Tuesday, August 08, 2006

Mark Cuban's Excellent Trade

I've been wary of Mark Cuban's "investigative reporting"/short-selling effort Sharesleuth.com, because of his plan to trade in advance on the stuff gathered by his staff. Well, turns out I owe Cuban an apology. It wasn't a bonehead idea at all -- from the trading perspective, that is. I'd say it was brilliant.

Brilliant as a trade. Troubling as hell from a journalism perspective. In my book I skewer the media from pulling back from tough coverage. But Cuban's approach is precisely the wrong way to go about filling that gap.

The first article in Sharesleuth came out yesterday. It describes the shortcomings of a company called Xethanol. It's a good article, a Barron's-style piece mainly based on the public record. It's not especially nasty, but was serious enough to draw a shot across the bow from Xethanol managment.

But here's the interesting part, which is not Cuban's self-righteous disclosure of his short position at the end but this paragraph, in italics, tucked in the middle of the piece:


(Disclosure: Mark Cuban, the majority member of Sharesleuth.com LLC, sold short 10,000 shares of Xethanol’s stock at a time when the price was around $12.65. Cuban also has sold short about 25,000 shares of UTEK Corp.(UTK: AMEX), a Florida company that is a large Xethanol shareholder.)

Now that's a great trade when you look at the historical prices. In the month before the story came out, Xethanol (now priced at about $7) was trading at no higher than $9.90. In fact, you have to go all the way back to May 12th before you find the share price reaching the neighborhood of $12.65!

Sharesleuth was established on July 1, and it was first announced by Cuban in a post on his blog on May 31. This means that the target of the first story was already in the cross-hairs at the getgo, as was Cuban's position.

If that trade was placed on or before May 12, which seems pretty darn likely, it was wonderfully prescient. Share prices have been on the decline ever since then, and were hurt still further by the Sharesleuth article.

Cuban's "Afterword" at the bottom of the article indicates that he's expecting the stock to fall to zero ("My goal is to never have to cover.") Whether he's right or wrong, we do know this: for Mark Cuban this has been an excellent trade. And legal. Trading-while-shorting may be the last thing tough financial journalism needs, at a time it is under attack by Patrick Byrne and other conspiracy-mongers, but it is totally in compliance with the securities laws, if disclosed.

Makes you wonder how much of the rest of Cuban's short porfolio is under examination by Sharesleuth at this very moment.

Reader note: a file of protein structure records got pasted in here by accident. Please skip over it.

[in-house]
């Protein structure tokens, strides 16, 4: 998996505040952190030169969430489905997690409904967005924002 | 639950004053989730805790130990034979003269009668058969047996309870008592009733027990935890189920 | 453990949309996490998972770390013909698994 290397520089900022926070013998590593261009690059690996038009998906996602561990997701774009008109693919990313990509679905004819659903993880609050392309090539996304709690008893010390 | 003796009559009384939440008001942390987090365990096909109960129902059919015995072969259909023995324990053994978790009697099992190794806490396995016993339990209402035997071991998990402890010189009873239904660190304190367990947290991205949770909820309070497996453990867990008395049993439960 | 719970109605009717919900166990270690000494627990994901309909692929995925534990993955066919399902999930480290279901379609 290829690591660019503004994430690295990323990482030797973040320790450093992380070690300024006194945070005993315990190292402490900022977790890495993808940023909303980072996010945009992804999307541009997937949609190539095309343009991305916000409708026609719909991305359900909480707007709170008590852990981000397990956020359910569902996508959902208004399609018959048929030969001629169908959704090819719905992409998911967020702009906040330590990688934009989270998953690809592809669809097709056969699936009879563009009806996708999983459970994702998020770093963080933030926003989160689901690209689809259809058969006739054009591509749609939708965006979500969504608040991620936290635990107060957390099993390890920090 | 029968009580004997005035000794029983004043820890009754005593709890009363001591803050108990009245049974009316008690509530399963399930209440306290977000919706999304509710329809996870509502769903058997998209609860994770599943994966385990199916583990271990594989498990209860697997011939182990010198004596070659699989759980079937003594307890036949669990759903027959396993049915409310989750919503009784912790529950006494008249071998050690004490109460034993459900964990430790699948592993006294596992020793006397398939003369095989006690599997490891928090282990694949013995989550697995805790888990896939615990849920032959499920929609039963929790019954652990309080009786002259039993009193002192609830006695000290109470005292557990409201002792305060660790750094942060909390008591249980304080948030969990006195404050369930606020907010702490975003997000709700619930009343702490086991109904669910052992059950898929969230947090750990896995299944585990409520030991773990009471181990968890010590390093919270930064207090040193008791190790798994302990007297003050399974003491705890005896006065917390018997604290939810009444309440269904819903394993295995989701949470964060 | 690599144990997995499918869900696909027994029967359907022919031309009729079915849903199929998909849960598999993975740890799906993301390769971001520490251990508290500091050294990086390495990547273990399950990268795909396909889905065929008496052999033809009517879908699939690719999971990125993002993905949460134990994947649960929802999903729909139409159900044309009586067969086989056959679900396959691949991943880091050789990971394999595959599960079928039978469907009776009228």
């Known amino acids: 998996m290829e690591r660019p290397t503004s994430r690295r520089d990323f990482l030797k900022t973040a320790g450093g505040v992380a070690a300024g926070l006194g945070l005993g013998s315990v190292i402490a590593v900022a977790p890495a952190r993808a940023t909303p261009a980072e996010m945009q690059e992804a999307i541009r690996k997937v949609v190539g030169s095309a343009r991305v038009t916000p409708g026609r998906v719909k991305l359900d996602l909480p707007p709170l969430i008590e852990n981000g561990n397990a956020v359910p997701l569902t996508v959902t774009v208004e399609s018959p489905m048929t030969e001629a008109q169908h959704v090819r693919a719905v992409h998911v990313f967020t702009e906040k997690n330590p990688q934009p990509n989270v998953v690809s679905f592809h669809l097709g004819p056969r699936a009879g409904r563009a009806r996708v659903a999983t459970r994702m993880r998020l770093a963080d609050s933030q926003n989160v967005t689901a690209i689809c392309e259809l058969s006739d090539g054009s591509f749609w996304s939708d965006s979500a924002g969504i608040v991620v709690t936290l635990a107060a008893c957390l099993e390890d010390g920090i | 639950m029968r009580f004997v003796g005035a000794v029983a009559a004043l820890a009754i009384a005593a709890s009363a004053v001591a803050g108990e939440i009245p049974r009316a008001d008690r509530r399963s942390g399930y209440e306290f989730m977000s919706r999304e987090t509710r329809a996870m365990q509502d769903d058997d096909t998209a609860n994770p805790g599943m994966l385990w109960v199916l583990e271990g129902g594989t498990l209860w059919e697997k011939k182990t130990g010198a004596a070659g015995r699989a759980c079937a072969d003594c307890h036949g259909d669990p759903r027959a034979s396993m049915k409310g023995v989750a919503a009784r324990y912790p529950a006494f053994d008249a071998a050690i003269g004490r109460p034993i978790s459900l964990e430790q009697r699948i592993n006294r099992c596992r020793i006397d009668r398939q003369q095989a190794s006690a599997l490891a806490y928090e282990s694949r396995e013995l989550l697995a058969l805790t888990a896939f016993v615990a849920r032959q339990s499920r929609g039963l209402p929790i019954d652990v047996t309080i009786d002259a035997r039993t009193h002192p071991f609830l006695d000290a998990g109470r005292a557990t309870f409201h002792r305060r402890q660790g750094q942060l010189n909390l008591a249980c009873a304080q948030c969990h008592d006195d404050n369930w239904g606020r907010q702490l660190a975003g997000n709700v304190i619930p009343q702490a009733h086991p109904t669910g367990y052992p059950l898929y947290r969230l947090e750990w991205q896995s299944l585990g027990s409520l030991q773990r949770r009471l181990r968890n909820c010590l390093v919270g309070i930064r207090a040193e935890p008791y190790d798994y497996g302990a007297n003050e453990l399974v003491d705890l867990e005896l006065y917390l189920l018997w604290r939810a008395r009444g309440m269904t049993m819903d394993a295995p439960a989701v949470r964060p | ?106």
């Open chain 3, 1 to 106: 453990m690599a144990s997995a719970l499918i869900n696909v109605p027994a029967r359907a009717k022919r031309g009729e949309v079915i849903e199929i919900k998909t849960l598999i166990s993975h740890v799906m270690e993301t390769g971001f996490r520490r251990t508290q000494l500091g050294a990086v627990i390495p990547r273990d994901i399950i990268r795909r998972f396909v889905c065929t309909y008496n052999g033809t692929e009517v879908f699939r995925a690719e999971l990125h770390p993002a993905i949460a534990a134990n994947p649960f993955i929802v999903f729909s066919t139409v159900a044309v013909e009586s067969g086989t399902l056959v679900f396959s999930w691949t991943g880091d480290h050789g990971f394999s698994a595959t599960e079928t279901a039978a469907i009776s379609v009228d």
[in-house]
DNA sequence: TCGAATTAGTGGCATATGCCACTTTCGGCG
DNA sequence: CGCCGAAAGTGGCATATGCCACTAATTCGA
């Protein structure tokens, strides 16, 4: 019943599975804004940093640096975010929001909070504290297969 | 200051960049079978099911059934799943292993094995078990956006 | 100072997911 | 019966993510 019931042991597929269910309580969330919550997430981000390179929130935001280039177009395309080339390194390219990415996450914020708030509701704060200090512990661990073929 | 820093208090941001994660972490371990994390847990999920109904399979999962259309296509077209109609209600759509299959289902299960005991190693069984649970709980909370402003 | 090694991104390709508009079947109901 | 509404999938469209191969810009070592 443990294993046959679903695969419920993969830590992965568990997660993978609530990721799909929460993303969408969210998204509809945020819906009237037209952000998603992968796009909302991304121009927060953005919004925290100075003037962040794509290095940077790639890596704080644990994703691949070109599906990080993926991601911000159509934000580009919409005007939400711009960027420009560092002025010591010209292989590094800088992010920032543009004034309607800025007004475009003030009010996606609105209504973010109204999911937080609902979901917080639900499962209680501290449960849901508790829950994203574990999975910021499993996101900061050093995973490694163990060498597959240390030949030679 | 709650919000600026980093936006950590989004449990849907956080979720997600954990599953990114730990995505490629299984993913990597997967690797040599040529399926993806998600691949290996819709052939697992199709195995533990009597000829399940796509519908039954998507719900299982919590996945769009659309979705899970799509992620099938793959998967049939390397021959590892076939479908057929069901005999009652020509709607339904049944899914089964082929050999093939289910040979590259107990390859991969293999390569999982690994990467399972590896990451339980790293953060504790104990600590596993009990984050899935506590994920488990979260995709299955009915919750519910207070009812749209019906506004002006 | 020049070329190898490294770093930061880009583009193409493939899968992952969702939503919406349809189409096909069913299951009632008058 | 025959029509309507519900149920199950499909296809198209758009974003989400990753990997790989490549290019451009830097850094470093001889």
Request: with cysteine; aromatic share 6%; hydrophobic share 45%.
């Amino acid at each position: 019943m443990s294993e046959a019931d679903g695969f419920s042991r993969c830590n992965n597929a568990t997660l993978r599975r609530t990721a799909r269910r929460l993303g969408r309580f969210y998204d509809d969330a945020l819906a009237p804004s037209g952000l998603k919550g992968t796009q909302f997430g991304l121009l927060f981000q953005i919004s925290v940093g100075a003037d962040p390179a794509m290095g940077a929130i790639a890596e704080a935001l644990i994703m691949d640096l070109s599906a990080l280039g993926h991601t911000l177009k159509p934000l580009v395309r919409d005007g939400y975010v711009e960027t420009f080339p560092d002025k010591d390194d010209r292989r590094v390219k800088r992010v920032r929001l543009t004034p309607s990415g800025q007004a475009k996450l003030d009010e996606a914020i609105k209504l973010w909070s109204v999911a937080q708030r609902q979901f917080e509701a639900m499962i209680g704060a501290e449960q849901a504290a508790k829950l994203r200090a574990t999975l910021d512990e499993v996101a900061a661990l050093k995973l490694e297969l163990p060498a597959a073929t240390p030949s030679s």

This may be a pretty shoddy way of practicing "investigative journalism" -- a real blot on the profession, as a matter of fact -- but it certainly is going to make a billionaire richer. And as Cuban once put it, it is the "right" thing to do. Profitable too. The shares nosedised after the Sharesleuth piece.

POSTSCRIPT: Mark Cuban says: "I had zero position in the company till [Sharesleuth editor] chris [Carey] told me about it." See comments.

So let's see.... Cuban heard from Carey about this rotten stock Carey might want to write about. A responsible publisher or would-be publisher would say, "Gee what a great story idea -- go to it." Mark Cuban, being an innovative guy, says "Gee what a great story idea -- let's make my profiteering on your ideas part of the business model!"

Hey, what's the point of running a straight-up news operation when you can sacrifice basic journalism standards for a few bucks?

UPDATE 8/10: Last night I was interviewed by CNBC for an On the Money segment on the foregoing. One point I didn't make but should emphasize -- particularly since I've been cited by some message boards -- is that the Sharesleuth article itself was a good piece of work. I wouldn't touch Xethanol with a fifty-foot pole.

Also... Mark Cuban yells at me and I yell back at him!

And....R. Foster Winans -- yup, that R. Foster Winans -- weighs in.

© 2006 Gary Weiss. All rights reserved.

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Wall Street Versus America was published by Penguin USA on April 6.
Click here for its Amazon.com listing and here for more information on the book, from my web site.

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